“I am presently a vice-president of the Herricks Athletic Boosters and I am also a trustee on the Herricks Community Fund.
“I think it was a good time for me to put my name into the hat. I’ll be honest if Peter and Rich were not stepping down, I probably would not be doing it. But, I felt that the time was right. I have a philosophy in life that you should be involved and give back to the community. Also, if you want to have a say, you have to step up and be involved. I don’t think you should criticize anyone else if you are not willing to step up and take responsibility other than just criticize.
“I am an electrical engineer. I graduated from Chaminade and went to Brooklyn Poly Technical and at that time went to work for LILCO and the companies have changed from KeySpan to National Grid and I have been there for the last 27 years.
“My responsibilities include handling all the hospitals and nursing homes from one end of the Island to the other.
“Further, I was instrumental, three years ago, in getting the district a cost savings plan by converting all of the buildings to gas and it has paid off.
Questions were asked from both the PTA and the moderator but perhaps the most accurate statement was made by a member of the audience who said, “One thing is sure, on May 15 you are both going to be elected to the Herricks school board.”
Friday, 06 December 2013 00:00
Howard Kroplick was just settling in to his new position as North Hempstead’s town historian in April of 2012 when a phone call from a resident who found an old headstone led him into a comprehensive study of all 28 cemeteries within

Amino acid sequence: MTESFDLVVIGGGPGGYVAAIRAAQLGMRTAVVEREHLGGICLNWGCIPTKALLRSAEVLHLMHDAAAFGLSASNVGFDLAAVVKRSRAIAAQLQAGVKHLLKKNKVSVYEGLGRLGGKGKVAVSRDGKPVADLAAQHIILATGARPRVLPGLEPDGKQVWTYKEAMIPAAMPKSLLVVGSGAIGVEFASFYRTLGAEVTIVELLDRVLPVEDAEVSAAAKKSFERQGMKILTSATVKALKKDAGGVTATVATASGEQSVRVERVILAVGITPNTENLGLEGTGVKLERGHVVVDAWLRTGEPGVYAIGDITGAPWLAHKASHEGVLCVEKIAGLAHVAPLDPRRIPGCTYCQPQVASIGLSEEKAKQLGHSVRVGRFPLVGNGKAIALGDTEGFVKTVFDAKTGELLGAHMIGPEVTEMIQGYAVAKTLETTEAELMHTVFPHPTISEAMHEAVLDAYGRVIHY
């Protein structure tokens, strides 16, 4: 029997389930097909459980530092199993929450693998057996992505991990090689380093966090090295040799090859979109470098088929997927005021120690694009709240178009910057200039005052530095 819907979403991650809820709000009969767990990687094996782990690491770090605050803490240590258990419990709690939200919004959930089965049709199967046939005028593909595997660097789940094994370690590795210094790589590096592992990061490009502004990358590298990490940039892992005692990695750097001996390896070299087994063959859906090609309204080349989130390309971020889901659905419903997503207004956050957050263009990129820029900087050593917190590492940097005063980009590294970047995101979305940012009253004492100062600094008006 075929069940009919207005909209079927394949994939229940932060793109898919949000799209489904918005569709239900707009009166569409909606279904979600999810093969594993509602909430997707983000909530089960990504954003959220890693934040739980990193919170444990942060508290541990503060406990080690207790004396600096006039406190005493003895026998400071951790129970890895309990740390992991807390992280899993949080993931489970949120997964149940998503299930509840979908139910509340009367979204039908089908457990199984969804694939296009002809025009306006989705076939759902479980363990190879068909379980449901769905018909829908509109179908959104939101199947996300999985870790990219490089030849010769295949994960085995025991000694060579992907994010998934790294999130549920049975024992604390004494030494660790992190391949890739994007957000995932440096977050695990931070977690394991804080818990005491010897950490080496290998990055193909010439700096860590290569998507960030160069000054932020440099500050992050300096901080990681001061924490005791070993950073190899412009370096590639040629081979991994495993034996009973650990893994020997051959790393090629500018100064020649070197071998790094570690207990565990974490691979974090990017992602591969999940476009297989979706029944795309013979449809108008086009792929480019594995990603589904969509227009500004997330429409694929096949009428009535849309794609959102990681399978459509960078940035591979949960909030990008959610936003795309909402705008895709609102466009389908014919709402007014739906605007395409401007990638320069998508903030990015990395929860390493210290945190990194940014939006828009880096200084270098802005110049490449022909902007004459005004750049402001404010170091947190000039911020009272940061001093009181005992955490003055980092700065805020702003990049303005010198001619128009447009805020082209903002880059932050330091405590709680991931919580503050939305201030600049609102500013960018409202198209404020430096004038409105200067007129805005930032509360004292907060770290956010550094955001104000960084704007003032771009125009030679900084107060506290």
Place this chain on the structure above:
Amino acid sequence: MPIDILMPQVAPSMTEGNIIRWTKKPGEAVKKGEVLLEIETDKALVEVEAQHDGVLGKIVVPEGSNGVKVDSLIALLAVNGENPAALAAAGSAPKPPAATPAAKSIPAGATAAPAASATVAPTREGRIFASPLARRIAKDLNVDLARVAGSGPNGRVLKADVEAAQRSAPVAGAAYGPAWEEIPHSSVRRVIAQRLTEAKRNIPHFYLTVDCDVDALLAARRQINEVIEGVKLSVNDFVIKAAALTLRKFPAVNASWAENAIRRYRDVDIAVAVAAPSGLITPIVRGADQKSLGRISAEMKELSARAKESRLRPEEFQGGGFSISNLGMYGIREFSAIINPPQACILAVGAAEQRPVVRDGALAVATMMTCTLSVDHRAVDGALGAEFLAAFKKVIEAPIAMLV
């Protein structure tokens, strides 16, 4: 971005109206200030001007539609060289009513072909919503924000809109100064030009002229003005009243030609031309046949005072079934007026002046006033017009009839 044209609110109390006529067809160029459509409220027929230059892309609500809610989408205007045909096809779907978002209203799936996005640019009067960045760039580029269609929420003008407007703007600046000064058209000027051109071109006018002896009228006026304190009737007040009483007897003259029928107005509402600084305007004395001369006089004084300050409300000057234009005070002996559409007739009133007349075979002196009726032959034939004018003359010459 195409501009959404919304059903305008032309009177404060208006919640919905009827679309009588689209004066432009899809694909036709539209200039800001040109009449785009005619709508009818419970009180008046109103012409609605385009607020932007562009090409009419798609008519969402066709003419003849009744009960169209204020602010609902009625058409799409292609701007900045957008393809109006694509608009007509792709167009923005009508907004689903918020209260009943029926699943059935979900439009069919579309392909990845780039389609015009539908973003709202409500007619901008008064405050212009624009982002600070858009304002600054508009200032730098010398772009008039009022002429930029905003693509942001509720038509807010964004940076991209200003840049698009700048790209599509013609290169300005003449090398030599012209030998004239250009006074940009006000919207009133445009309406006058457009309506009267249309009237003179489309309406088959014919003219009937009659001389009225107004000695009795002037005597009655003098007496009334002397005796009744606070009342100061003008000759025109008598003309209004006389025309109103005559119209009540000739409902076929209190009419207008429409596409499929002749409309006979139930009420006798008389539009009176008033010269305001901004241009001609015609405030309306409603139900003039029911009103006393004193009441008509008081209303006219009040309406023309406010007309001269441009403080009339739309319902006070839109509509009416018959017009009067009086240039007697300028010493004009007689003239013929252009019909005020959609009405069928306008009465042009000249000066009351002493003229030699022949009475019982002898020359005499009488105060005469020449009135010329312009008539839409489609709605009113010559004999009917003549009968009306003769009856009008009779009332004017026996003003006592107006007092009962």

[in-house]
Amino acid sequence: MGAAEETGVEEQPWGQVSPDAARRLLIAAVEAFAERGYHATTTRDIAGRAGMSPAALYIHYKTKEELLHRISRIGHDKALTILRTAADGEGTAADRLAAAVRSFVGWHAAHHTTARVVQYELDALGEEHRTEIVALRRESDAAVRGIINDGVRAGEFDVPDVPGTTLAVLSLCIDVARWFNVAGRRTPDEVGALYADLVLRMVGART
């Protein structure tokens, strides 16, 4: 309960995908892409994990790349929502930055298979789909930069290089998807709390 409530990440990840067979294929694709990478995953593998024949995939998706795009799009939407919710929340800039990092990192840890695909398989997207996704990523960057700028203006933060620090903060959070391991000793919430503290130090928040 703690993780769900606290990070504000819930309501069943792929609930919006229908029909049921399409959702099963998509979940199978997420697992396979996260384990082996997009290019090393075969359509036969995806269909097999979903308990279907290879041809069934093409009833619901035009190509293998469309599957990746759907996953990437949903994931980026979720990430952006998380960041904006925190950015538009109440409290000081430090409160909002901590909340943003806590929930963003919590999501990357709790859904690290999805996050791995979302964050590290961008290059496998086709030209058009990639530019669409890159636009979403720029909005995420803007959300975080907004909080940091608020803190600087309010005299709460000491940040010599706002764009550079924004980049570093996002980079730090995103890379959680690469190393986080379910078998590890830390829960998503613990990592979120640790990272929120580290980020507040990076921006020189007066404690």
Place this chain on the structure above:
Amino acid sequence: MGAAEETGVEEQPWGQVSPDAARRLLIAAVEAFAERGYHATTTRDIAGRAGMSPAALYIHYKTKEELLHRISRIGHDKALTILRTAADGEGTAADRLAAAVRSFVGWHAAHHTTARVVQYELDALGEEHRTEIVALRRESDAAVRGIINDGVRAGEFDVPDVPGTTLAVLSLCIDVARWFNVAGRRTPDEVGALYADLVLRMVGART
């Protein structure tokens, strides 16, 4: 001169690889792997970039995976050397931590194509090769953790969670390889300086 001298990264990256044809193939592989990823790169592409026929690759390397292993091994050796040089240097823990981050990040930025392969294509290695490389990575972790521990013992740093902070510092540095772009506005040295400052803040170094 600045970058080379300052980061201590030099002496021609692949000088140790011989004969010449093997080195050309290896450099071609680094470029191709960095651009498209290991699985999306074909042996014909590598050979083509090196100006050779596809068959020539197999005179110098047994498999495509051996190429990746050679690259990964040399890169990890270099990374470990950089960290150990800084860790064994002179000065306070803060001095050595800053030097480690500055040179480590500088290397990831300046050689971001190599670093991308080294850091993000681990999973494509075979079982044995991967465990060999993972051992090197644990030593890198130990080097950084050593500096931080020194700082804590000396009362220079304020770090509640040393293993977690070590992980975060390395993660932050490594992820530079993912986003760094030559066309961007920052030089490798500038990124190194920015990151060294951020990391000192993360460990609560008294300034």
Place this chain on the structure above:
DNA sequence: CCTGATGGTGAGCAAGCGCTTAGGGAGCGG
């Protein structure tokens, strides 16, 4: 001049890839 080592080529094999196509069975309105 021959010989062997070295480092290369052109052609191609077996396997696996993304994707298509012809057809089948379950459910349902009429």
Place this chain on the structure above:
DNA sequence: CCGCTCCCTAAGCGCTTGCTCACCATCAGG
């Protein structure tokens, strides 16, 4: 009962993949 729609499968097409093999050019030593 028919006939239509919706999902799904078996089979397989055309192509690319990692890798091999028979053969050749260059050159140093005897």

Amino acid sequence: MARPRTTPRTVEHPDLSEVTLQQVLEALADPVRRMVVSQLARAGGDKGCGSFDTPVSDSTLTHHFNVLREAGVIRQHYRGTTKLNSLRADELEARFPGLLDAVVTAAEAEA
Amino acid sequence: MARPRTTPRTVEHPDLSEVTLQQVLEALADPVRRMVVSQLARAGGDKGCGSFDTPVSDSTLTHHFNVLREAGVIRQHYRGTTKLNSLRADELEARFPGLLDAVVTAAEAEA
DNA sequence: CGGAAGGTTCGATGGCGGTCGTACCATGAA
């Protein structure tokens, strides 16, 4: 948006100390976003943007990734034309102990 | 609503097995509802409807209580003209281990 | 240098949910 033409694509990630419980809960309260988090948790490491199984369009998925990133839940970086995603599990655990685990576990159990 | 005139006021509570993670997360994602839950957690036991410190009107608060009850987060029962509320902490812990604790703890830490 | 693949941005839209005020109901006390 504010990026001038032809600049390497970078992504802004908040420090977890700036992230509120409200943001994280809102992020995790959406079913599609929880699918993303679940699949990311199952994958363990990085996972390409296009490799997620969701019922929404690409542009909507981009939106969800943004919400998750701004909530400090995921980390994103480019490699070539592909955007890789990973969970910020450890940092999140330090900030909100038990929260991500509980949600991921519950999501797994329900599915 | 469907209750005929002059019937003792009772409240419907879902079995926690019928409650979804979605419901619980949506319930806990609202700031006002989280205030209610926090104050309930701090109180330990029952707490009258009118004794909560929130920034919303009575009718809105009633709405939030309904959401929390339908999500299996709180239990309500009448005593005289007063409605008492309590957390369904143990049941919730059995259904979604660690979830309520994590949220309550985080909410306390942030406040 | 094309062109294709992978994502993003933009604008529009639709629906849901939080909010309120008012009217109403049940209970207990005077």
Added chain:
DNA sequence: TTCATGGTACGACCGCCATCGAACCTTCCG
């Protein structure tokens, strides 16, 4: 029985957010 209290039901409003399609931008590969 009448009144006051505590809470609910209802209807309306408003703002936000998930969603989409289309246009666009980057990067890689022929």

the town’s boundaries.
Kroplick, an East Hills resident for 29 years, serves in the unpaid role as an advisor to the North Hempstead board, out of his longtime love of history. His exhaustive study of the area’s cemeteries has helped him complete a history of
North Hempstead that will be published in January, which will coincide with the 400-year anniversary of the discovery of Long Island, by Dutch explorer Adriaen Block. It was Block, according to Kroplick, who first identified Long Island as an actual island, not a peninsula as many believed back then. The 128-page book from Arcadia Publishing is the first ever written about North Hempstead.
Thursday, 05 December 2013 00:00
For the time being, much of the Roslyn area is without representation on the Town of North Hempstead council. Recently, Thomas K. Dwyer, who has represented Roslyn on that body since 2002, announced that he would step down from the board while he is in negotiations with a Manhattan-based consulting firm.
Dwyer, who is the chief operating officer of Syosset-based American Land Services, would not identify the firm he is talking to, but he said that the new job would represent a conflict of interest with his work on the town board.
Thursday, 05 December 2013 00:00
The 2013-2014 college basketball season is underway and Roslyn resident George Beamon is off to a scorching start, as he makes his claim as one of the top scoring guards in the country.
Beamon, a senior at Manhattan College has led the Jaspers to a 4-2 record. He was the leading scorer in Manhattan’s first five games, tallying 24 points in the win against LaSalle, 28 points in a tight 71-70 over Columbia, 34 points in a loss against George Washington, and 24 points in both a win over Illinois State and a loss to Fordham.
Beamon was also a team leader in rebounds in the games against Columbia, George Washington and Fordham.
Thursday, 05 December 2013 00:00
Buckley Country Day School upper school students from Roslyn earned top honors at the end of this fall’s interscholastic soccer season. Roslyn athletes pictured from left to right, are: Ansh Amin, Most Valuable Player, boys’ fifth and sixth grade Blue team; Kenneth Silver, Most Improved Player, boys’ fifth and sixth grade Blue team; and Eleni Vasiliades, Bulldog Spirit Award, girls’ fifth and sixth grade Blue team.